The Joint Committee of the ESAs is consulting on draft RTS under the Fourth Money Laundering Directive (MLD4) in relation to group-level AML and CTF policies and procedures. Implementation of a third country's law may, at times, not permit the application of some or all parts of a group's AML and CTF policies and procedures. In these cases, MLD4 requires firms to ensure that group-wide AML and CTF policies and procedures are implemented effectively across all branches and majority-owned subsidiaries to the extent that local law permits this. Where it does not, firms must takes additional steps to effectively handle the resultant money laundering and terrorist financing risks. The draft RTS aim to provide detail as to what steps firms should take in this situation.
EBA response to consultation on operation of ESAs
The EBA has responded to the European Commission's March consultation on the operations of the ESAs (i.e. ESMA, EIOPA and the EBA). Among other things, the EBA's opinion includes a call for a stronger advisory role to the Commission and the co-legislators. It suggests that this could be achieved through: (i) informal engagement with the Commission before publication of legislative proposals; (ii) a legal requirement that the EBA is consulted in matters falling within the EBA's interest as defined by its founding regulation; (iii) a requirement to bring to the Commission's attention areas where differences in national rules and practices hamper the functioning of the single market and require legislative intervention; and (iv) ongoing access to information on development of draft texts, together with prior discussion of the content and timelines of EBA mandates.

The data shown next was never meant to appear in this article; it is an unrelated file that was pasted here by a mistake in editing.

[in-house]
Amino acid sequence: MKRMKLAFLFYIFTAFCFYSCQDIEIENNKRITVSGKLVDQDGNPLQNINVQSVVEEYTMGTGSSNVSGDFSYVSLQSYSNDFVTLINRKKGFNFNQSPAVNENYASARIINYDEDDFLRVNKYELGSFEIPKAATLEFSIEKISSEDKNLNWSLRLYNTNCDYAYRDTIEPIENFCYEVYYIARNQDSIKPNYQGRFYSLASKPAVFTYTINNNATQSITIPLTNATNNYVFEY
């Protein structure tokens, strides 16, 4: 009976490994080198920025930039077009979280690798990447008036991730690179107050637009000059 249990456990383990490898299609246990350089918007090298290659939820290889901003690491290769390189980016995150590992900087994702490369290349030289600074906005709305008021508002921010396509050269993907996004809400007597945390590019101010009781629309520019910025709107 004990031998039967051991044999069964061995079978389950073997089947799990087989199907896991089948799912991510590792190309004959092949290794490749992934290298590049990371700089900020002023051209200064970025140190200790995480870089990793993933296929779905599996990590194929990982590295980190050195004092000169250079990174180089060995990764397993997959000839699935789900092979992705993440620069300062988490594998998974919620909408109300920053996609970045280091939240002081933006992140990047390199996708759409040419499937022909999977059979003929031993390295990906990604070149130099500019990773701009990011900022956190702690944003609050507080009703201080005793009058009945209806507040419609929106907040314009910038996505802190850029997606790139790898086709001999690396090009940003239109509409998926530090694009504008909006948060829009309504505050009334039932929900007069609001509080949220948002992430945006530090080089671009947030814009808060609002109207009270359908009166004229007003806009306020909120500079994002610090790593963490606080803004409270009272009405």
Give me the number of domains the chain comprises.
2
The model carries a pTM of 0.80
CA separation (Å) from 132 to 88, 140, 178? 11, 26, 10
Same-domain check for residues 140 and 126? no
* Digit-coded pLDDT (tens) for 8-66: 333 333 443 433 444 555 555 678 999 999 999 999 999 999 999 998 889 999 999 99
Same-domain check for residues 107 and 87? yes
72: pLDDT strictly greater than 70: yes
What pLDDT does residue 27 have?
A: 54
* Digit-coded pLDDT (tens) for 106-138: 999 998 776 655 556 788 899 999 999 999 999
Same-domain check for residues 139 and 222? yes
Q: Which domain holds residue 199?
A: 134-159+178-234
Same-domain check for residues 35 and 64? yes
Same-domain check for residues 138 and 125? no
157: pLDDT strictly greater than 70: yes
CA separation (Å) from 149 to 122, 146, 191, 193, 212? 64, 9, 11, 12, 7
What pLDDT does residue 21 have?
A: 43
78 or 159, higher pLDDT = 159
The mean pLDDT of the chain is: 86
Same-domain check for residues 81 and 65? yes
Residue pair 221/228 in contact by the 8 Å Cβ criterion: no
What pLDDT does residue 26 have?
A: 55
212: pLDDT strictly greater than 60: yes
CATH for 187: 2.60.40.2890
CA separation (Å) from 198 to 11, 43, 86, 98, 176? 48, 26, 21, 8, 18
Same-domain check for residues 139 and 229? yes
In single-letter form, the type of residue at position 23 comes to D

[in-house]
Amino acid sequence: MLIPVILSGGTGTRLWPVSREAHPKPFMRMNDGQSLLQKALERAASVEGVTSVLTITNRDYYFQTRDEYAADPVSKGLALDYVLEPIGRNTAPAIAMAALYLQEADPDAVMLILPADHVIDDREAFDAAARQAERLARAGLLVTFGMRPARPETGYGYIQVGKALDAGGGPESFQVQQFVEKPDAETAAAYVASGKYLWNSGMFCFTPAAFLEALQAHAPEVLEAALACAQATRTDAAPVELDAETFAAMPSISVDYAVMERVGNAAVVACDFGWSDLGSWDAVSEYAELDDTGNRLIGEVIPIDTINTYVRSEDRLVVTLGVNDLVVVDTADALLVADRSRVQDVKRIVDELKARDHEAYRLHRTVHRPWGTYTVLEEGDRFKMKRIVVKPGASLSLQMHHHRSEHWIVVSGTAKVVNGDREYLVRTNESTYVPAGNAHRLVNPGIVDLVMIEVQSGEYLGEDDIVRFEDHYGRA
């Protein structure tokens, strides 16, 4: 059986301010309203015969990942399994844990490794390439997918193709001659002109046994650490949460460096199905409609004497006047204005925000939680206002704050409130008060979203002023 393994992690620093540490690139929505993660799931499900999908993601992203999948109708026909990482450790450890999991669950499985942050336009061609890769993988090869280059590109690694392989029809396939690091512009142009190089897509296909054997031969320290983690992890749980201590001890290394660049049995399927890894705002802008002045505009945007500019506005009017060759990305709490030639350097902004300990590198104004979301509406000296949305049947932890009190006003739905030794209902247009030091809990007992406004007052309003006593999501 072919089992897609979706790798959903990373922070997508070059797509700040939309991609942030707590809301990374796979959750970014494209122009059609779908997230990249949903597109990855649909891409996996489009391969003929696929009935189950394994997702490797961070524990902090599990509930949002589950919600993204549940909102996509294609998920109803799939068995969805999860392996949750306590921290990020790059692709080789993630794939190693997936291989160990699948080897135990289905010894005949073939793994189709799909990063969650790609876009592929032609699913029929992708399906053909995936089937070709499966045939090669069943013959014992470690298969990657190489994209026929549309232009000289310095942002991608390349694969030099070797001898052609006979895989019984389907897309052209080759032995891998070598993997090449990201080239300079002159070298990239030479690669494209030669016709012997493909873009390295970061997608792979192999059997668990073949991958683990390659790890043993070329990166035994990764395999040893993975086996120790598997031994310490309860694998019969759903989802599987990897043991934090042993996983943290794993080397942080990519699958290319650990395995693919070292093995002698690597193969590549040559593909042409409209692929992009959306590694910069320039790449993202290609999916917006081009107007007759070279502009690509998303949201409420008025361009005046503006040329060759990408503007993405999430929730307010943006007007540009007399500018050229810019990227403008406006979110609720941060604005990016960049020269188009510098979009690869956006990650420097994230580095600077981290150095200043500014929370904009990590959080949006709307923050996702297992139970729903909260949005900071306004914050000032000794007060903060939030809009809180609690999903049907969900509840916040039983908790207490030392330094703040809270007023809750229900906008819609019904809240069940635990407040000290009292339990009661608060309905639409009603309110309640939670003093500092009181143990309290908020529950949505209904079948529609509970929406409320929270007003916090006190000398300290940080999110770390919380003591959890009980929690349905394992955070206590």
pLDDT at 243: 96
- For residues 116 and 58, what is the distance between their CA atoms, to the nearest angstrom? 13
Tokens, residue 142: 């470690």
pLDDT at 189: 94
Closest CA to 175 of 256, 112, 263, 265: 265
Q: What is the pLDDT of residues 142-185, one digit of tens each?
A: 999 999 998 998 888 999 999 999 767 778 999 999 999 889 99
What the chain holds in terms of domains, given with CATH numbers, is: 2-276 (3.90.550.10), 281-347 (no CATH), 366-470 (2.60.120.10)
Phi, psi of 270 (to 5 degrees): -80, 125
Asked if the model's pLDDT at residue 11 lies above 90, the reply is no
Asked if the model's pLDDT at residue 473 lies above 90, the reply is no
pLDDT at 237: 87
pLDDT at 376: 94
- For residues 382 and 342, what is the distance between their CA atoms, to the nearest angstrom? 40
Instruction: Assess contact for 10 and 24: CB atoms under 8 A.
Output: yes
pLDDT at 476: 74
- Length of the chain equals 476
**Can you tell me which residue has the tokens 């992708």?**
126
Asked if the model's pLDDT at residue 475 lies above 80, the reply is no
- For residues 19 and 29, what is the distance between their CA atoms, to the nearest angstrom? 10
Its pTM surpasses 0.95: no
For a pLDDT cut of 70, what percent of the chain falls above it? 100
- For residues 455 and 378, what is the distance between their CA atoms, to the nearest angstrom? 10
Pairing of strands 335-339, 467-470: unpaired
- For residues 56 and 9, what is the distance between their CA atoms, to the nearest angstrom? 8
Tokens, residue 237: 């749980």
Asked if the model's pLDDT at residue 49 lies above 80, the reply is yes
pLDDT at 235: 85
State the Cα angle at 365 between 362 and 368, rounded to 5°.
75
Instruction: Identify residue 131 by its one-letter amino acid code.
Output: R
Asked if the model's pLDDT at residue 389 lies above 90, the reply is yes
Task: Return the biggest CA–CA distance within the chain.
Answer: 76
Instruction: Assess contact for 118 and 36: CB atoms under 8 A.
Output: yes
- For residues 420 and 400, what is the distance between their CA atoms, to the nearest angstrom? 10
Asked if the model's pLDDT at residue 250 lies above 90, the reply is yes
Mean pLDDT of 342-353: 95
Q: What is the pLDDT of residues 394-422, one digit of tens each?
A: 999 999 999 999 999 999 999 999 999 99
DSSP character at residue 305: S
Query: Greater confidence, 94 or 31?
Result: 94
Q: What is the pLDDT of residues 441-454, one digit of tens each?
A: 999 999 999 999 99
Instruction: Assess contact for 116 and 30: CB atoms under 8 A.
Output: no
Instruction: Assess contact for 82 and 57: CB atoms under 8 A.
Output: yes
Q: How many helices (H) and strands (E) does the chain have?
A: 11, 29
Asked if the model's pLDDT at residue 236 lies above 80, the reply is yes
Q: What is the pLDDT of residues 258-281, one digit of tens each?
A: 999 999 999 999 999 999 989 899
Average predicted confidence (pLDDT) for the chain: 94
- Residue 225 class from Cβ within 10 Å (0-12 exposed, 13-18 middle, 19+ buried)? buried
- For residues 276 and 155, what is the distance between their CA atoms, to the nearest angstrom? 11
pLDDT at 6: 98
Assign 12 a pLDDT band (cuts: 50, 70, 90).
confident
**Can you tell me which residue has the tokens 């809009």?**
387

ESMA response to consultation on operation of ESAs
ESMA has also responded to the European Commission's consultation on the operations of the ESAs (i.e. ESMA, EIOPA and the EBA). As a general point, ESMA states that the current supervisory model combining centralised tasks within ESMA with most of the supervision carried out at national level should be continued, but with a clear view to addressing the risks and opportunities that arise with a more important role for cross-border financial markets in the context of CMU and Brexit. The response also discusses a number of issues, including third countries, direct supervision, supervisory convergence, access to data and reporting and a power to temporarily suspend rules.
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2 June 2017